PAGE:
To crawl slowly. To ride that aerial railway. A coffin, seemingly to trans-port solely gods and dogs, not humans. It’s Doctor Who’s second vocational home, where he time-travels to. The sheep in the field alters slightly, a touch of corrugation, of wildlife, beastly se-nescence, and gains a wheat-based horn. Not bone enclosed in keratinized skin. Still, the stillness, the airlift, the parallel-ness of cable wires. To dangle.




The monolithic coffin makes slight progress, blocking one eye of the mountainside boy. Refractions imbued on the opaque window panels suggest a miniature cinema of future centu-ries. The theater of atmosphere, stark in contrast, televises itself outdoors in broad daylight. It replays the same homily of Mihály Vig’s sadness-borne euphony. Sheep bends, still bends. Only in a passing glance, monkey Yodas remain the same.




The boy of the mountainside ceases being a pirate, sees with both eyes, not navigating its gaze like its eye-masked companionable coffin. Now, our invest-ment in the creature of freight and con-veyance is directed to where the bin-oculars fetishize their own focal point. Here we know. Here the elevation is high. The coffin refuses to break out of tune; refuses to be bleak and impracti-cal. In one second, the coffin alters the face of the monkey Yodas. The coffin, tucked beneath the armpit of the rap-id-fire bow, remains soundless and un-obtrusive.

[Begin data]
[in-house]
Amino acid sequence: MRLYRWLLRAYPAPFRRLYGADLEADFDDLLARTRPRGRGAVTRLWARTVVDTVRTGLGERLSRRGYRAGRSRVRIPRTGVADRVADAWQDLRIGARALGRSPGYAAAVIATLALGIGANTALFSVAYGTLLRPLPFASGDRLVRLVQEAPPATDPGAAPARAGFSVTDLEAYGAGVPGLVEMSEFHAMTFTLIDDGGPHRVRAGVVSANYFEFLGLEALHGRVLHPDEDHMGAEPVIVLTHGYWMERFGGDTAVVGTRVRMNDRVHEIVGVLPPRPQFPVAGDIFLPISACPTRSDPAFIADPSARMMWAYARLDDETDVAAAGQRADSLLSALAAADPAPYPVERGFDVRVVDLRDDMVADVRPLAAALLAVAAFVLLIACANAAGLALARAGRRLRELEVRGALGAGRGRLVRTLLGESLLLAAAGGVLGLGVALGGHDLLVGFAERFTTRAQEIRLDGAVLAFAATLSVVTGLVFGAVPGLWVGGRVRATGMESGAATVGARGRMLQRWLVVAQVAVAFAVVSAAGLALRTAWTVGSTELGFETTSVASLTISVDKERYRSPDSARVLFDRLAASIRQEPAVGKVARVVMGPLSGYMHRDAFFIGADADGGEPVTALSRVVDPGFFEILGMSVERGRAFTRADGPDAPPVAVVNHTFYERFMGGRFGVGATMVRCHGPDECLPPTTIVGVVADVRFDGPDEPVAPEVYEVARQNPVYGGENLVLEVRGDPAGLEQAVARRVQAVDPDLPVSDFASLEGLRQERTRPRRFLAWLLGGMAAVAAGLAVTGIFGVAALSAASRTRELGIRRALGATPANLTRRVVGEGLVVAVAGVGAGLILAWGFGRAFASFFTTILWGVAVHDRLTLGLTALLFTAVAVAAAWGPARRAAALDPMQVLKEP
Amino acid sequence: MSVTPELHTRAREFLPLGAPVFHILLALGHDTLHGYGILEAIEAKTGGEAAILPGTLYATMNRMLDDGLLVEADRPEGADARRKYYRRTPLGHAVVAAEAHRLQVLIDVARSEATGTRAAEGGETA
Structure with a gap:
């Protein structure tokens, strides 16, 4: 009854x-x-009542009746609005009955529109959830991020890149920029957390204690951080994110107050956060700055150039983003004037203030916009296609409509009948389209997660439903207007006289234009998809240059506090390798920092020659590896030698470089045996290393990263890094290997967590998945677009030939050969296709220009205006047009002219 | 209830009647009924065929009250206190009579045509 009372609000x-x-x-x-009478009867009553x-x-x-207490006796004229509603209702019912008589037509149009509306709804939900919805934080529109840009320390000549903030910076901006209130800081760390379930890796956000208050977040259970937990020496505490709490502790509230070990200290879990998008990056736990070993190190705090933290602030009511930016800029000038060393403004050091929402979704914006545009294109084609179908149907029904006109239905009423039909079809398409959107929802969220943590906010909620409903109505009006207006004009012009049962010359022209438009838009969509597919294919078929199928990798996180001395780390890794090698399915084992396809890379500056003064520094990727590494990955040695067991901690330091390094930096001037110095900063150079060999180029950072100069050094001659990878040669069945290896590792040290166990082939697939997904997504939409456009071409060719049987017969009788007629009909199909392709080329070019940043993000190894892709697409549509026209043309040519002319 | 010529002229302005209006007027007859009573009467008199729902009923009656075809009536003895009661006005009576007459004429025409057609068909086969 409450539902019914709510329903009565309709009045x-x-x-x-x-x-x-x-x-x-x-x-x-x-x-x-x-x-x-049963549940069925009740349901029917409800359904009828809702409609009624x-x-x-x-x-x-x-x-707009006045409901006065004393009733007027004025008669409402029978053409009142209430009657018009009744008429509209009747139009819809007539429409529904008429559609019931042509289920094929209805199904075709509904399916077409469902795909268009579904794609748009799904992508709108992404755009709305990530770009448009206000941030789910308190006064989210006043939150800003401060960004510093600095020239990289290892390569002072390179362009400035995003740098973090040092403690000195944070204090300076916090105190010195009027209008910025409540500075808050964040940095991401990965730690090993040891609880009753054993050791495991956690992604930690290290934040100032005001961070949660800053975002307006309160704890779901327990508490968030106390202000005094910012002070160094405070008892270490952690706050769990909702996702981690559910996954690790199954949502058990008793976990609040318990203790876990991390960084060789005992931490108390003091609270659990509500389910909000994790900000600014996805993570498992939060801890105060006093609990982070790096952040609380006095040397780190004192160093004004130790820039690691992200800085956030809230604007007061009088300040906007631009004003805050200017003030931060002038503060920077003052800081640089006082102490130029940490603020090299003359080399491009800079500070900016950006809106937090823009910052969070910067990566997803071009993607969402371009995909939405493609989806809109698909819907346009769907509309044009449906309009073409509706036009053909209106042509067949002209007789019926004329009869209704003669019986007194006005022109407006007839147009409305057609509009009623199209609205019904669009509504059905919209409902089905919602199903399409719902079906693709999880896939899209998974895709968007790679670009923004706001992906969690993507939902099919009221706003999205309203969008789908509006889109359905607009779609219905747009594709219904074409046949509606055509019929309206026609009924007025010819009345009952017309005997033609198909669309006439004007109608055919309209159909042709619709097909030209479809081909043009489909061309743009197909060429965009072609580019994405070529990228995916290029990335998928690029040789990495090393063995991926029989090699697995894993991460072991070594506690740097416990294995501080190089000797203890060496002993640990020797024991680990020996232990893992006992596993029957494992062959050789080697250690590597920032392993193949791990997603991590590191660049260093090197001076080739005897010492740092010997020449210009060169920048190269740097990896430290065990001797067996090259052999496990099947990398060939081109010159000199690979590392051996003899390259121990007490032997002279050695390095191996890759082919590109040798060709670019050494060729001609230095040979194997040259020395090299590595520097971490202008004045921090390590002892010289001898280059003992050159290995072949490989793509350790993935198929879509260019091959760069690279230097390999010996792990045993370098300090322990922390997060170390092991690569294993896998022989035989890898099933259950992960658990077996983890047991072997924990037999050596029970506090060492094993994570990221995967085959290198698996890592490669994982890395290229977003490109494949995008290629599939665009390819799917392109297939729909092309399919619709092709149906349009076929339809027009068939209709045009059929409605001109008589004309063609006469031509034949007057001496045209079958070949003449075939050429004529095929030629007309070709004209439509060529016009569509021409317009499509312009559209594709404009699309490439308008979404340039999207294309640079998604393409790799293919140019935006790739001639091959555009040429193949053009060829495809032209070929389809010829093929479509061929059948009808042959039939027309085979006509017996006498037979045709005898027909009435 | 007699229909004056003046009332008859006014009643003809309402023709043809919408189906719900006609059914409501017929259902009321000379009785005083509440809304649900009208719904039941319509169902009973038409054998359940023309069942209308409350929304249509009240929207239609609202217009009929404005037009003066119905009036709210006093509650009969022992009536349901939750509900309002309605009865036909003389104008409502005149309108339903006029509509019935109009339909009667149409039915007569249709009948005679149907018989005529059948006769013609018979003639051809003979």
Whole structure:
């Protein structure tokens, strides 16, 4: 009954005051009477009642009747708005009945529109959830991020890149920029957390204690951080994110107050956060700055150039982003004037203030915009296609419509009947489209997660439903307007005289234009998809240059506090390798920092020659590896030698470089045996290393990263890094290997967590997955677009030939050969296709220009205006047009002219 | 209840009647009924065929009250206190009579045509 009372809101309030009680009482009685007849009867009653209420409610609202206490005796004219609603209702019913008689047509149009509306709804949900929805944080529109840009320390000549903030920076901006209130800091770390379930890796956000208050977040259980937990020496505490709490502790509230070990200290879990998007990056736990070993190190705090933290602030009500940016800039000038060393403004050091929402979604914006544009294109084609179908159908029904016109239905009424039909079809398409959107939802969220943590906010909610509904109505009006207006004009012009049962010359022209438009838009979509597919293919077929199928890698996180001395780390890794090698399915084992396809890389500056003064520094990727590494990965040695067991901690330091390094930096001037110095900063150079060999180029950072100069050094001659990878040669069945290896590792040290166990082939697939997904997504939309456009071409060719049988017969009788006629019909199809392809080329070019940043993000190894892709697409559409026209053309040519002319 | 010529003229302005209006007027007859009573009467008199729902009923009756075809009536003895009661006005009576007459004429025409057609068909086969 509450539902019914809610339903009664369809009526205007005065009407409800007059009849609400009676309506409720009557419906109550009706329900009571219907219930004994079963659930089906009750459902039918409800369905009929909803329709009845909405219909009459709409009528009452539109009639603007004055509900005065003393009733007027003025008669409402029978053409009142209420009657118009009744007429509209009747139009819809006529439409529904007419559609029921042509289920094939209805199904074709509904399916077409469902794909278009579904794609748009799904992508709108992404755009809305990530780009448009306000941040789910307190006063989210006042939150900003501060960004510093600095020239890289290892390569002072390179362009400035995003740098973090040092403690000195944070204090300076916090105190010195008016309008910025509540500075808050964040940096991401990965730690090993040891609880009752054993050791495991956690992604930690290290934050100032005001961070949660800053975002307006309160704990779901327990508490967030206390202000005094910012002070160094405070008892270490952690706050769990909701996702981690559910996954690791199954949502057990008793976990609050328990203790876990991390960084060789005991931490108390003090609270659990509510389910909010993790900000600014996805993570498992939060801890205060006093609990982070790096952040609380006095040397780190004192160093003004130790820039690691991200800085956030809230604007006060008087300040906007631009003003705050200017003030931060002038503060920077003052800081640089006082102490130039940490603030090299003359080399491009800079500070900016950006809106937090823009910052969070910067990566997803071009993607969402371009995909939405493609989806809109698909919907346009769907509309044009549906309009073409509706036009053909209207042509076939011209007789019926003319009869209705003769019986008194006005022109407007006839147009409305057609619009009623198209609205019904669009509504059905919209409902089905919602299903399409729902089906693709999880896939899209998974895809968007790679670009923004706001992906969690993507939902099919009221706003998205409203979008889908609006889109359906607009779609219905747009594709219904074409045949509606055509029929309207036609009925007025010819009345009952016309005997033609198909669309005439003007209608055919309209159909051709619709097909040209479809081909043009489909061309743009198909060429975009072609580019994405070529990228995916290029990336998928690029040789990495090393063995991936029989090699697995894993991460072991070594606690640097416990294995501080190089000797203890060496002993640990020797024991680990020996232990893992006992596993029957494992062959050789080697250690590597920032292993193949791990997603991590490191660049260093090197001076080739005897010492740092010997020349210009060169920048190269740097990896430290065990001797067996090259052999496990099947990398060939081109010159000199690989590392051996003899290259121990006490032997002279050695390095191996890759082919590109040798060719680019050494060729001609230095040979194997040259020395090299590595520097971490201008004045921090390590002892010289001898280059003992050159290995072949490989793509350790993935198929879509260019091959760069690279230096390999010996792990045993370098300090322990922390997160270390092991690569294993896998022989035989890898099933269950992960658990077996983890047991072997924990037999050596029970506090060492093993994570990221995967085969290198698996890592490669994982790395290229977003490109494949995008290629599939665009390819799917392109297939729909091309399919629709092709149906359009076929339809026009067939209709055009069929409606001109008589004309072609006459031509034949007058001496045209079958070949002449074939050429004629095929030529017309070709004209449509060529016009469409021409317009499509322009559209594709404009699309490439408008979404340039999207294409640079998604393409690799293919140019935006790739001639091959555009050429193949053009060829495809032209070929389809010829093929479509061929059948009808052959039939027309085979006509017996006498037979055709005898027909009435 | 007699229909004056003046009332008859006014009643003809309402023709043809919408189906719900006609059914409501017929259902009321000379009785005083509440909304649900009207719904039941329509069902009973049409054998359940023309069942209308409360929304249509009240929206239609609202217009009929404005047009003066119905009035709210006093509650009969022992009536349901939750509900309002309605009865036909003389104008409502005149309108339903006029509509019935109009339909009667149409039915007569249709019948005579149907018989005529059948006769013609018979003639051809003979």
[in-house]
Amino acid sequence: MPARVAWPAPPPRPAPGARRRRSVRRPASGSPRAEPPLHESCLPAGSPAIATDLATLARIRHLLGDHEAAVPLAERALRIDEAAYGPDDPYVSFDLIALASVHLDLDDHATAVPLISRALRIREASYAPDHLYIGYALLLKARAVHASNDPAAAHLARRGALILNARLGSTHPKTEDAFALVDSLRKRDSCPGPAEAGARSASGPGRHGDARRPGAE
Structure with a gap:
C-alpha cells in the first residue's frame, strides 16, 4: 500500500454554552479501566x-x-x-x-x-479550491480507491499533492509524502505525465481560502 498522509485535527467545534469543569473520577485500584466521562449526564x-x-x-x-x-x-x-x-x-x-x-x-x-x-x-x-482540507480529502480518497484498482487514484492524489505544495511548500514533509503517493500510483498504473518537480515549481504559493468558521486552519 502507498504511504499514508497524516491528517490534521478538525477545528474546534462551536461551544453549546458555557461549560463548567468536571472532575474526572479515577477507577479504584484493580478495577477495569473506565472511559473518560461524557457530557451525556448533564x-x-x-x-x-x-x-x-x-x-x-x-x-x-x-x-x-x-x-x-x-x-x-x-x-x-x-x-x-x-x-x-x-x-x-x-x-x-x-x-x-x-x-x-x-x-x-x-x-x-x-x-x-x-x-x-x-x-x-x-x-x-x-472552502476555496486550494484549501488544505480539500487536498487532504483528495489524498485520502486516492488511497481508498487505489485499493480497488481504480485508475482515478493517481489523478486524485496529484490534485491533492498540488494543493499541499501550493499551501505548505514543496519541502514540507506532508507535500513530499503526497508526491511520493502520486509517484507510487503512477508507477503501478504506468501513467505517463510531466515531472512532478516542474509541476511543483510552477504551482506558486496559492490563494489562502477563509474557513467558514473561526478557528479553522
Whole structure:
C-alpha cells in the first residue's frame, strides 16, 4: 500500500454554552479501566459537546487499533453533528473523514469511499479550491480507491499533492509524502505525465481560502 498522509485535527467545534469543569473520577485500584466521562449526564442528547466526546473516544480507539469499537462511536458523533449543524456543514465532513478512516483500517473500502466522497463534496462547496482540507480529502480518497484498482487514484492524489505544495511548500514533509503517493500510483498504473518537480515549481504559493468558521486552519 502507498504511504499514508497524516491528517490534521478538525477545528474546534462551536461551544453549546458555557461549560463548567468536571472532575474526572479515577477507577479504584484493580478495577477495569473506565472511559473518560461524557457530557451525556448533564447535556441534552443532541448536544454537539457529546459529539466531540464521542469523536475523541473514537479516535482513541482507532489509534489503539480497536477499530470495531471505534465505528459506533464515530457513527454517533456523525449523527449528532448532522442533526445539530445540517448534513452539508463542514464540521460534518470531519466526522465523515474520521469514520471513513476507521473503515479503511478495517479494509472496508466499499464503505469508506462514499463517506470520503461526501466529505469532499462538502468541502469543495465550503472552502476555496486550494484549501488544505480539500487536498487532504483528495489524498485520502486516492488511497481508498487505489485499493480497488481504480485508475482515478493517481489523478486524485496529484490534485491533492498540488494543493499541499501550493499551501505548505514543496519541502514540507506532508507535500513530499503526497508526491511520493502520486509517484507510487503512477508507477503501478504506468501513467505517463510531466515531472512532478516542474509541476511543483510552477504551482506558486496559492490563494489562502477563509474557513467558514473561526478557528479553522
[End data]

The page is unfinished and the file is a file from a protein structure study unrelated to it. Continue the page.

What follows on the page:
The coffin is ushered forward, con-cealing itself behind the rapid-fire bow. Such repressed disguise bestows on the monkey Yodas two mechanical boxing gloves. The multiplication table of five monkey Yodas ambushes the sky of the right binocular lens with ten boxing gloves for the boxing ring of me-chanics. When stars demand padding, the wheel of existence ceases burning. When symmetries multiply, we adapt quickly to their convolution. The sheep buried in grass relays heedlessness. Sheep buried in grass. Even wheat be-comes wild. Whiskful and airless.